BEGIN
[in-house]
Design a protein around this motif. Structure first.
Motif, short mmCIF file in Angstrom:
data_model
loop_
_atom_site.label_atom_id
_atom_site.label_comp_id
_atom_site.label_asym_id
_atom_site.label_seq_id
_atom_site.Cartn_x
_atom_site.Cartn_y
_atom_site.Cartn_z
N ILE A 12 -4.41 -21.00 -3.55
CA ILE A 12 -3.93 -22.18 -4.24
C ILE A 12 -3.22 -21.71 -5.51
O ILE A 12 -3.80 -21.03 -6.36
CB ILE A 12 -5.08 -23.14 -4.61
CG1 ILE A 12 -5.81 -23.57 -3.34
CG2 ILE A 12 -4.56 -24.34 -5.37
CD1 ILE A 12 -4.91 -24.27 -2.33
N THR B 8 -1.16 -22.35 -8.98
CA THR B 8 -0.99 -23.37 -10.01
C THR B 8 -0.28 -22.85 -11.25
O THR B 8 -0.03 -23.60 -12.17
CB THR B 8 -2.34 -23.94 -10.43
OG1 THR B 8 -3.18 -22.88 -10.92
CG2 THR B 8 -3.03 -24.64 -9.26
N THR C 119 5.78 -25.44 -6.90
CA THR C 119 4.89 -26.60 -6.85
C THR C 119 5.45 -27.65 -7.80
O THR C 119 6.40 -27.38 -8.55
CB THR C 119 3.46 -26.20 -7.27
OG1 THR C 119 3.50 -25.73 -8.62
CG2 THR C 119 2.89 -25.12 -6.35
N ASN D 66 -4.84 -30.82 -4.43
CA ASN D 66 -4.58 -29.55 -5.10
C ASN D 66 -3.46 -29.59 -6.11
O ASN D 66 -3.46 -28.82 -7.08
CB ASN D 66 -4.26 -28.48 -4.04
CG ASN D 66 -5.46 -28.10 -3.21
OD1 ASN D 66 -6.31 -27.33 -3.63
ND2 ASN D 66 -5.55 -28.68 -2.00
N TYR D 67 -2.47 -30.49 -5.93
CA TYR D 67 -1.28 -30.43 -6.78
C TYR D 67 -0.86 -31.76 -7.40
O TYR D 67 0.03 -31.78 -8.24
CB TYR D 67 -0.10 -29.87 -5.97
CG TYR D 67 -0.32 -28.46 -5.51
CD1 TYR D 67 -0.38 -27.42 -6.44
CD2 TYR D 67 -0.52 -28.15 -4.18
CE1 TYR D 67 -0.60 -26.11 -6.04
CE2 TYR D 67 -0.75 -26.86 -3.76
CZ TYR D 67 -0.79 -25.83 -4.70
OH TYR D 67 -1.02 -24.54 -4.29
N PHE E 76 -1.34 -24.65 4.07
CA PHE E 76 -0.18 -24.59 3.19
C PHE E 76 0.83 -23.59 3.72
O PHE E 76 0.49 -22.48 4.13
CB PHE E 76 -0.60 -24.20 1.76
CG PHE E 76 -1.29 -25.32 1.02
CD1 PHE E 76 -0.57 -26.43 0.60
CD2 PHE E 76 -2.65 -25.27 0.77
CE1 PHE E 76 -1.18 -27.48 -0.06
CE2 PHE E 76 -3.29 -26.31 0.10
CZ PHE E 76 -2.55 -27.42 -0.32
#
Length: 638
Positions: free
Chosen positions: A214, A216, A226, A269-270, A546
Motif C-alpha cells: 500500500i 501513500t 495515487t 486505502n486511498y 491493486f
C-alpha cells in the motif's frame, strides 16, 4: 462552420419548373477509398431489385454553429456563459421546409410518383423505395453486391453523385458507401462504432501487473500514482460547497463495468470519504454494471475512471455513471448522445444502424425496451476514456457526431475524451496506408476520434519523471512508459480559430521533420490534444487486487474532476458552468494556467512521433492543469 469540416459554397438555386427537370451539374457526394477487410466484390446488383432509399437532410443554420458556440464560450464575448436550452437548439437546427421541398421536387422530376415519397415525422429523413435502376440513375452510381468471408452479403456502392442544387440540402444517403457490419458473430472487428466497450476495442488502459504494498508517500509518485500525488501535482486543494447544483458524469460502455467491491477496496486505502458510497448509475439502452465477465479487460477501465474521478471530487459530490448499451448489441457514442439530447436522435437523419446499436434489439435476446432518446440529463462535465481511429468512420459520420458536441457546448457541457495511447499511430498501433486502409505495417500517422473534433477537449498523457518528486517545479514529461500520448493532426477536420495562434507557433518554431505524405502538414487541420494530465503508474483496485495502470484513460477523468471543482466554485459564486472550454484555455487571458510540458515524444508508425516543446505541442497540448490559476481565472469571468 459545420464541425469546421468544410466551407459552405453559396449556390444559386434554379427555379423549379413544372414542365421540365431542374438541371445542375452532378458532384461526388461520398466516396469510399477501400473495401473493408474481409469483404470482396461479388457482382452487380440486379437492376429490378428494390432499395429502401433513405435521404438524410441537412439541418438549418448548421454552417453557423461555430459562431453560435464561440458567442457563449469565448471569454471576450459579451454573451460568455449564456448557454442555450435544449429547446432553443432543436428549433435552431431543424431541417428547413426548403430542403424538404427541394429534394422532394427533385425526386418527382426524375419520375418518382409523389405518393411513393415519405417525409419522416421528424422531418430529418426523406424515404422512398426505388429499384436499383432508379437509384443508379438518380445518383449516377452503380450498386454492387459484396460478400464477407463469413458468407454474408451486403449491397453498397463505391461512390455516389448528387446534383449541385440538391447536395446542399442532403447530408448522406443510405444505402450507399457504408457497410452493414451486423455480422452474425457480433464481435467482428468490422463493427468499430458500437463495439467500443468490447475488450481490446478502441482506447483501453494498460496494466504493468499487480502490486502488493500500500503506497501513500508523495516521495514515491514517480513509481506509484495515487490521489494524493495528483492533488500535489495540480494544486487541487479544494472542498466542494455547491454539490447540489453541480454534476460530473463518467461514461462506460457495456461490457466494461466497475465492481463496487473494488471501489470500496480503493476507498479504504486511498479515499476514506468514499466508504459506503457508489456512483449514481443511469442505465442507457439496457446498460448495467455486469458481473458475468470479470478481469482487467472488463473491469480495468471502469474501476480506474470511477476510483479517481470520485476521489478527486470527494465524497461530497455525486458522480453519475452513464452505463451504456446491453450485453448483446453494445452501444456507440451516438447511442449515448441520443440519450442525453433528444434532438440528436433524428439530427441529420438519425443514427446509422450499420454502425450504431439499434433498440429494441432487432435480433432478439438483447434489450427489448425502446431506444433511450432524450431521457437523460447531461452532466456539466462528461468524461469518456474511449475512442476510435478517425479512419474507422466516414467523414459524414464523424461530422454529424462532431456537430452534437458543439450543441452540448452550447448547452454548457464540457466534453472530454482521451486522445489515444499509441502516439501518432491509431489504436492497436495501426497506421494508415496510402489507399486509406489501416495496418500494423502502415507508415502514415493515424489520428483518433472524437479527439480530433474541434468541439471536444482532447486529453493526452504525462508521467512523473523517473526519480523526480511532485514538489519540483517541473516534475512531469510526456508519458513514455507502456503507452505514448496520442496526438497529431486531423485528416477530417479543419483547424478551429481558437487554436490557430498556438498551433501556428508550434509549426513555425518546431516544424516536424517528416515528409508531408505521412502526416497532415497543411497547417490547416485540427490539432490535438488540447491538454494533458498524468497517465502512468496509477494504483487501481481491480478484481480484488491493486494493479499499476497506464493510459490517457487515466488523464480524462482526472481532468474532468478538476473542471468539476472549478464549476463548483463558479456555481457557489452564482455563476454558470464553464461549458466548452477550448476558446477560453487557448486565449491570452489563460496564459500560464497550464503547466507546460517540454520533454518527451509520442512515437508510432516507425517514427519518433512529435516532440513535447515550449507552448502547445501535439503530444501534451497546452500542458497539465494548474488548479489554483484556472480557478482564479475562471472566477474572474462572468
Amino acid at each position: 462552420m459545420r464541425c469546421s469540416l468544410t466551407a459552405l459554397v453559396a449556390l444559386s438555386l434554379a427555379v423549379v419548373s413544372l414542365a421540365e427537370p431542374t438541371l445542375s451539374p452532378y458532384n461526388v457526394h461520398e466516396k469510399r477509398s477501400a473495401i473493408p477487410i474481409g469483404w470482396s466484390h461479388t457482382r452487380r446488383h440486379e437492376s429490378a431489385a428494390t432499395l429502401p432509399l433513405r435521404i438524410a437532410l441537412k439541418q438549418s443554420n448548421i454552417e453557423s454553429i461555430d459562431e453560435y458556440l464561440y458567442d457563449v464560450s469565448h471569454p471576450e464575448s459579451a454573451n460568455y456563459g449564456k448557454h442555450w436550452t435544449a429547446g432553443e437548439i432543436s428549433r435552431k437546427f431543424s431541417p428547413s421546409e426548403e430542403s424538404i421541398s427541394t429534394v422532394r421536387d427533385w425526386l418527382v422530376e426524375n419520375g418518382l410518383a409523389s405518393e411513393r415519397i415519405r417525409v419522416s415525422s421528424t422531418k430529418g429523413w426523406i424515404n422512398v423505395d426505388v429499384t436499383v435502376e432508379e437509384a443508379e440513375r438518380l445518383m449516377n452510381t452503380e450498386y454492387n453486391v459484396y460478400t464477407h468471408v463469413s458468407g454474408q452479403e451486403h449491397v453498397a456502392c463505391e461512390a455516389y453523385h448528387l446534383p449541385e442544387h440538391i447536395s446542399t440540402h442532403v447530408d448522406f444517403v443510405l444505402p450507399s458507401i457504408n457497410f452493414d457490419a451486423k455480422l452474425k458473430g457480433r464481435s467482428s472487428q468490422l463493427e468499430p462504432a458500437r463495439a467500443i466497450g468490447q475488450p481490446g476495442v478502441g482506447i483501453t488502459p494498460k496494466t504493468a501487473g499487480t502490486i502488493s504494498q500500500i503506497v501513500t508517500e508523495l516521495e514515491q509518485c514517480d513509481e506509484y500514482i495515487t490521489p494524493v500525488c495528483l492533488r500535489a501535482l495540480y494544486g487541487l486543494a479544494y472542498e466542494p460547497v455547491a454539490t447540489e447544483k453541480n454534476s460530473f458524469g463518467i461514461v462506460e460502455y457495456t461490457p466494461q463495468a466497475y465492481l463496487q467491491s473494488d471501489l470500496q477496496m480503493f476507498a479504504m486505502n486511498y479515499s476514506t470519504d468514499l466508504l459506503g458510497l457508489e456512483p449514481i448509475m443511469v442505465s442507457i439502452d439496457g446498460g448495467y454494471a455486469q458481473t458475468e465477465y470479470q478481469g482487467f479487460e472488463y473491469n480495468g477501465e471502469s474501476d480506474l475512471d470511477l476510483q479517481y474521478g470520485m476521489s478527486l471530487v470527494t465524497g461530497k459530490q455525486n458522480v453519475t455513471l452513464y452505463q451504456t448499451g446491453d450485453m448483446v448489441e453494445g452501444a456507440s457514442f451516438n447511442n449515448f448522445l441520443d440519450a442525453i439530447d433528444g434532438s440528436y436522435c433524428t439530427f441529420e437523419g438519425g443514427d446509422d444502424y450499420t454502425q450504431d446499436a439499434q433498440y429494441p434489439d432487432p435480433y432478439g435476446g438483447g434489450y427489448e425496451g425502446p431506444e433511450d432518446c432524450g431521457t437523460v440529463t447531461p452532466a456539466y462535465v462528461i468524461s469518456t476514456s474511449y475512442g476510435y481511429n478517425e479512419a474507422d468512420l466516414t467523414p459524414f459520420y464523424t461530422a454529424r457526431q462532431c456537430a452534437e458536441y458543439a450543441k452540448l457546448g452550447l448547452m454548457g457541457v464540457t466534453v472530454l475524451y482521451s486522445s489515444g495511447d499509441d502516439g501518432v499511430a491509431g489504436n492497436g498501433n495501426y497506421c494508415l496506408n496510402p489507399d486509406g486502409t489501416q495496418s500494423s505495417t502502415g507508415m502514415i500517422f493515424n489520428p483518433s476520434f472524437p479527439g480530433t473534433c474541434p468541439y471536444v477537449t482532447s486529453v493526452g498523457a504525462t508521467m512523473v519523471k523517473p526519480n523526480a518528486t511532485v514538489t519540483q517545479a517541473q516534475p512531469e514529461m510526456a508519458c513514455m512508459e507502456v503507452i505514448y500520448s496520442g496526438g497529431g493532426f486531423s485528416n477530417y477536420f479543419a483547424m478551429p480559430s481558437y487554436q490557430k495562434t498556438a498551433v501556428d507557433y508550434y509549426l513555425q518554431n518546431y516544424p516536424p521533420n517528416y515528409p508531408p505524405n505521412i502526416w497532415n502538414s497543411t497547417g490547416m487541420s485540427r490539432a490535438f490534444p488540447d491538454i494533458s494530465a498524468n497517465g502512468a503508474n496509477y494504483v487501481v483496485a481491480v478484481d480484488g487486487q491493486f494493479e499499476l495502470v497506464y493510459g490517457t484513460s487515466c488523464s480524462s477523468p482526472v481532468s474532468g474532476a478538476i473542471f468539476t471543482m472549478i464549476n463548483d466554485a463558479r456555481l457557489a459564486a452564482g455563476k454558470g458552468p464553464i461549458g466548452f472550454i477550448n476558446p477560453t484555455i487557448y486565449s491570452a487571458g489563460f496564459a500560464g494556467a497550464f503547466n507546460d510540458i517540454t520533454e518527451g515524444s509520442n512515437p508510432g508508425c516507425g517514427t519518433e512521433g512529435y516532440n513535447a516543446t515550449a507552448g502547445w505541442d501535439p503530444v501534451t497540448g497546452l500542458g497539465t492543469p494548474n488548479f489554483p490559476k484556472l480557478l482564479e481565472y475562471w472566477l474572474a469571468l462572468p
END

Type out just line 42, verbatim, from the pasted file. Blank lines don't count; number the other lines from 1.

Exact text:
ND2 ASN D 66 -5.55 -28.68 -2.00